As most of you know, I am a prolific writer. I have more than 1700 bylines in my career, spread across dozens of magazines and their companion sites, blog sites, and books. About half of those bylines were part of my tenure as editor-in-chief of ComputerUser magazine and, where I had daily, weekly, and monthly columns. That was an extended boot camp for what I have since written. Along the way, I have learned a few secrets of successful writing. Here I want to share the four most important ones.

Tip 1: Audience first, writer second

A lot of people get into writing because they need a creative outlet. They think if they emulate the great authors in history, they will be successful. While a few people do get lucky in this way, the vast majority of people who write what they want and hope for the best never get published, outside of personal blogs that rarely get read.

Most successful writers start by forming a picture of the audience and trying to get inside their heads. If you do that, you will write stuff that people will want to read, and you will have a much better chance of success.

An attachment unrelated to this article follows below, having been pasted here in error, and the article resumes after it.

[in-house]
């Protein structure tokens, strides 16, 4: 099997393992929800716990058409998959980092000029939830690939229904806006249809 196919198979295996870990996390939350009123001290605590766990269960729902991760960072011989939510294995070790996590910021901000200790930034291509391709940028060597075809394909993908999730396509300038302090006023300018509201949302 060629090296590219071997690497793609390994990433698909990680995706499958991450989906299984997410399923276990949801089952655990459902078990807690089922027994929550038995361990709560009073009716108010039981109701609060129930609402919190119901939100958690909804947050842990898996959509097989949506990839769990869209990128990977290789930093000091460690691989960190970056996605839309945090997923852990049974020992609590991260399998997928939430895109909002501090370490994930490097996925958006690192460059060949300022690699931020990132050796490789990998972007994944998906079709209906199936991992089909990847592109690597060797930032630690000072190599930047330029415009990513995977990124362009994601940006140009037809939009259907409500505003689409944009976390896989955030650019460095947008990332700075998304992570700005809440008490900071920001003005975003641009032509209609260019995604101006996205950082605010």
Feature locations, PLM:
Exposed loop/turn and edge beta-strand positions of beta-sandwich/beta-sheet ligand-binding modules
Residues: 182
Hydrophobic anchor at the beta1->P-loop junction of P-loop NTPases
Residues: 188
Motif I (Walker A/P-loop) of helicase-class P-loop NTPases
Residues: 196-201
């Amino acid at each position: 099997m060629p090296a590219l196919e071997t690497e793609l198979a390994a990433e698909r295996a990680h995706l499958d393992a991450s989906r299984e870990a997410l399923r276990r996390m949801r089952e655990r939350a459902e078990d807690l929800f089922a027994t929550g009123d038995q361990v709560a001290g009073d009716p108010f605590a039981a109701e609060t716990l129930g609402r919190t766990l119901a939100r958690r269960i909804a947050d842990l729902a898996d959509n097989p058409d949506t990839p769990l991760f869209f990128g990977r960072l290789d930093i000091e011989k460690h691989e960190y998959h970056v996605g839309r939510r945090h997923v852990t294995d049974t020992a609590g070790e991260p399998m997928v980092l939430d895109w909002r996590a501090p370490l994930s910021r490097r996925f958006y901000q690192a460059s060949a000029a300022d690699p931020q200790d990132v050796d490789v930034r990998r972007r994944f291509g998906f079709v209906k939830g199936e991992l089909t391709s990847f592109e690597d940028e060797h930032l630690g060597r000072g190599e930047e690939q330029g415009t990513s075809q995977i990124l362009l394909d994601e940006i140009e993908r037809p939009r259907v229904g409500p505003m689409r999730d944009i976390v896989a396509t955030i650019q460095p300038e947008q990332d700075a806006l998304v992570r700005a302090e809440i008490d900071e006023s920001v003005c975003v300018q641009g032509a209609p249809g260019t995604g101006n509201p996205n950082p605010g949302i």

Every writing textbook says you have to know your audience before you can write effectively for them. So that is nothing new. But when you ask writing profs how to learn your audience, you get a lot of blank looks. That’s why I wrote a book about it called Audience, Relevance, and Search. In it, I explain that we have amazing ways to learn the audience in digital.

The primary way is by using search engines as a proxy for what the audience is looking for. I won’t go into more detail than that. If you don’t want to buy the book, check out its companion blog Writing for Digital. I haven’t updated it in a while, but there are 70 or so posts that answer reader questions. It’s a good place to start.

“But what about my authentic creative vision?” Don’t worry. There will be plenty of ways to use your creativity when you become a successful writer. You will never get those opportunities in the first place if you don’t write for the audience.

Tip 2: Read more, write more

Before I took the ComputerUser job, I taught writing as a graduate student at the University of Minnesota. My students often struggled with writer’s block. They described scenarios in which they stared at the computer screen for hours, frozen by fear. I must confess I started my writing career with periods of writers block. But deadlines have a way of forcing you to write what is needed and not worry too much about making everything you type perfect. Writing a lot tends to eliminate writer’s block.

Still, there are times I feel stuck. I feel as though the well is dry. In those times, I stop trying to write and I read. I read a lot as a matter of course, but I read more when I feel the well running dry. I have to add more words to the cistern before I can draw more words out.

I was gratified to see that I am not alone in this practice: